Wednesday, November 26, 2008

The posture of Faith

In the group I've mentioned before that meets to listen and discuss the words of different religious thinkers, we just listed to a program about Elie Wiessel, an Auschwitz survivor who lost both his parents in the holocaust. Though we listened to the whole program, there was one quote from the beginning that grabbed my attention, and that seized the entirety of the discussion afterwards:
Some people who read my first book, Night, they were convinced that I broke with the faith and broke with God. Not at all. I never divorced God. It is because I believed in God that I was angry at God, and still am. The tragedy of the believer, it is deeper than the tragedy of the non-believer.
The words resonated with me, and with one of the other "messier" Christians in the room (whose dying father is an atheist and whose mother is a Buddhist). But for the other people in the room, from Christians to unaffiliated theists, the words were anywhere from irrational to repulsive. Why would one be angry at God? they wondered. If it seems like God is not doing his/her responsibility, you must have the wrong idea of what that responsibility is. Change your perception of him; he is beyond anger.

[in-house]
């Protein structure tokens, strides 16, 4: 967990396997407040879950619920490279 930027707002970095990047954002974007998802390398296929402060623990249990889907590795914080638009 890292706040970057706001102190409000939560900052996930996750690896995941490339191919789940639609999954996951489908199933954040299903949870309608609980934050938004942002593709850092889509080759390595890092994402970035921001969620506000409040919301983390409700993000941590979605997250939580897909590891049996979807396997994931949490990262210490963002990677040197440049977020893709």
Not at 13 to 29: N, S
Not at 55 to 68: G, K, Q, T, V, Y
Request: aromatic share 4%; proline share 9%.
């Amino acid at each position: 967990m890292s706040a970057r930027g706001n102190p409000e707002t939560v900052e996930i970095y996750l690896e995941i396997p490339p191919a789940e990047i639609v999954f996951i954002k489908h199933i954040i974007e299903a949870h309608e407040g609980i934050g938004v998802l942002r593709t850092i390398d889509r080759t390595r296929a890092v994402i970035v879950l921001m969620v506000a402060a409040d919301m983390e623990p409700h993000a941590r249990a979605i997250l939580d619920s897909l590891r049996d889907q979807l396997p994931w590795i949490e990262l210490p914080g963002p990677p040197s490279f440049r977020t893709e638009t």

I think one of the best parts of being a Christian is that three-quarters of our Bible is the Jewish Bible, the story of Israel who was named the Wrestler. Abraham barters; Jacob wrestles; Moses argues; David pleads; Jeremiah laments; Jonah pouts; Job demands.

To my Christian friends, that posture often seems dangerous. To my unaffiliated theist friend, it is ridiculous. But I wonder if it is the posture of true faith in a God who claims to be just and righteous; I wonder if anything less is to not take his words seriously. At the very least, God has shown himself big enough to take it; at most, he has specifically chosen the wrestlers who will take him to task about making good on his promises. Certainly he will prove himself right in the end, but that knowledge doesn't seem to keep the faithful from wrestling with him in the mean time.


Kate said...

Yes. Very well said. I was at a theology book group last night where we were discussing John Swinton's 'Raging with Compassion: Pastoral Responses to the Problem of Evil' (good book - very accessible but also thorough and challenging), and we were talking about the absence of lament in contemporary worship. Why are the lament Psalms so often missed out? Why are the difficult questions never asked? It's not a rejection of God or of God's will or of God's love, but it is precisely what Wiesel says. Because we believe in God, we can - and should, I think - ask these questions of him. Lament (or wrestling) is an act of faith, not a show of lack of faith.

Anonymous said...

Where fear is absent there can be no courage, but only lack of perception or concern. The same is true of a faith which is dismissive of counterveiling reality--it is the mask of a weak mind or heart.